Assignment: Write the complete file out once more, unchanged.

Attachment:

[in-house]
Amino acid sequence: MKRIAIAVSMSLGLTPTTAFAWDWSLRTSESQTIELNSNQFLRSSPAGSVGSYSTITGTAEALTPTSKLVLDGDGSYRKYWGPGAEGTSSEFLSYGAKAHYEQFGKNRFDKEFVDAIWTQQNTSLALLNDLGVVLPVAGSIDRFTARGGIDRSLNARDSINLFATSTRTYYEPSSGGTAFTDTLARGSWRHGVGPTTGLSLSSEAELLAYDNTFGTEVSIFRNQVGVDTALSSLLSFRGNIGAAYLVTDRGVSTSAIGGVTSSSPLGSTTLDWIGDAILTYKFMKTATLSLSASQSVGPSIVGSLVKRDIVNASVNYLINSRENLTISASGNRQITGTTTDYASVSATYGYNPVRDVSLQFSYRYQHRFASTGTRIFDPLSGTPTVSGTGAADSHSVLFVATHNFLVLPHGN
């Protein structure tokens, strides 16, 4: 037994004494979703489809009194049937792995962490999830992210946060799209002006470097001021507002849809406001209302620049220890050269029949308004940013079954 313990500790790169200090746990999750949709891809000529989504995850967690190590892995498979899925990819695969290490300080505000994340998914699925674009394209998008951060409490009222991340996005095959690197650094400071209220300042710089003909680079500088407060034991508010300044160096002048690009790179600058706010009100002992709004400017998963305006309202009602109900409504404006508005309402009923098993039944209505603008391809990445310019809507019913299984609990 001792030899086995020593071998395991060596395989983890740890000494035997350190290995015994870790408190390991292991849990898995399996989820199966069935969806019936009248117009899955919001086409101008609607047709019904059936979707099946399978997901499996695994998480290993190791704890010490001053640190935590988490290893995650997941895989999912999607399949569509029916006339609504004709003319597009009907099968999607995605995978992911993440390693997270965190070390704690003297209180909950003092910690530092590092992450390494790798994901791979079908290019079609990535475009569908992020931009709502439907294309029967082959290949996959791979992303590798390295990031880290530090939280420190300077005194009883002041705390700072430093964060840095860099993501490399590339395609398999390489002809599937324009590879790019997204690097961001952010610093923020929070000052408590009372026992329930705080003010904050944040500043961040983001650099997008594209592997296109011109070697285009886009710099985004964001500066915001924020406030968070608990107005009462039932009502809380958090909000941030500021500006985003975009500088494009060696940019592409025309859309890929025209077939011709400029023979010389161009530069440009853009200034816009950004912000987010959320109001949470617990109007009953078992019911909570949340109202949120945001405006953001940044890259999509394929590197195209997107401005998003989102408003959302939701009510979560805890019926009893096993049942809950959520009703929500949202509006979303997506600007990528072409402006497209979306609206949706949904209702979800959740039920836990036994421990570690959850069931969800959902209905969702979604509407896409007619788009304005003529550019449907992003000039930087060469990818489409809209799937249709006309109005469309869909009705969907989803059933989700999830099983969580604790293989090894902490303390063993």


[in-house]
Amino acid sequence: MKRIAIAVSMSLGLTPTTAFAWDWSLRTSESQTIELNSNQFLRSSPAGSVGSYSTITGTAEALTPTSKLVLDGDGSYRKYWGPGAEGTSSEFLSYGAKAHYEQFGKNRFDKEFVDAIWTQQNTSLALLNDLGVVLPVAGSIDRFTARGGIDRSLNARDSINLFATSTRTYYEPSSGGTAFTDTLARGSWRHGVGPTTGLSLSSEAELLAYDNTFGTEVSIFRNQVGVDTALSSLLSFRGNIGAAYLVTDRGVSTSAIGGVTSSSPLGSTTLDWIGDAILTYKFMKTATLSLSASQSVGPSIVGSLVKRDIVNASVNYLINSRENLTISASGNRQITGTTTDYASVSATYGYNPVRDVSLQFSYRYQHRFASTGTRIFDPLSGTPTVSGTGAADSHSVLFVATHNFLVLPHGN
């Protein structure tokens, strides 16, 4: 037994004494979703489809009194049937792995962490999830992210946060799209002006470097001021507002849809406001209302620049220890050269029949308004940013079954 313990500790790169200090746990999750949709891809000529989504995850967690190590892995498979899925990819695969290490300080505000994340998914699925674009394209998008951060409490009222991340996005095959690197650094400071209220300042710089003909680079500088407060034991508010300044160096002048690009790179600058706010009100002992709004400017998963305006309202009602109900409504404006508005309402009923098993039944209505603008391809990445310019809507019913299984609990 001792030899086995020593071998395991060596395989983890740890000494035997350190290995015994870790408190390991292991849990898995399996989820199966069935969806019936009248117009899955919001086409101008609607047709019904059936979707099946399978997901499996695994998480290993190791704890010490001053640190935590988490290893995650997941895989999912999607399949569509029916006339609504004709003319597009009907099968999607995605995978992911993440390693997270965190070390704690003297209180909950003092910690530092590092992450390494790798994901791979079908290019079609990535475009569908992020931009709502439907294309029967082959290949996959791979992303590798390295990031880290530090939280420190300077005194009883002041705390700072430093964060840095860099993501490399590339395609398999390489002809599937324009590879790019997204690097961001952010610093923020929070000052408590009372026992329930705080003010904050944040500043961040983001650099997008594209592997296109011109070697285009886009710099985004964001500066915001924020406030968070608990107005009462039932009502809380958090909000941030500021500006985003975009500088494009060696940019592409025309859309890929025209077939011709400029023979010389161009530069440009853009200034816009950004912000987010959320109001949470617990109007009953078992019911909570949340109202949120945001405006953001940044890259999509394929590197195209997107401005998003989102408003959302939701009510979560805890019926009893096993049942809950959520009703929500949202509006979303997506600007990528072409402006497209979306609206949706949904209702979800959740039920836990036994421990570690959850069931969800959902209905969702979604509407896409007619788009304005003529550019449907992003000039930087060469990818489409809209799937249709006309109005469309869909009705969907989803059933989700999830099983969580604790293989090894902490303390063993």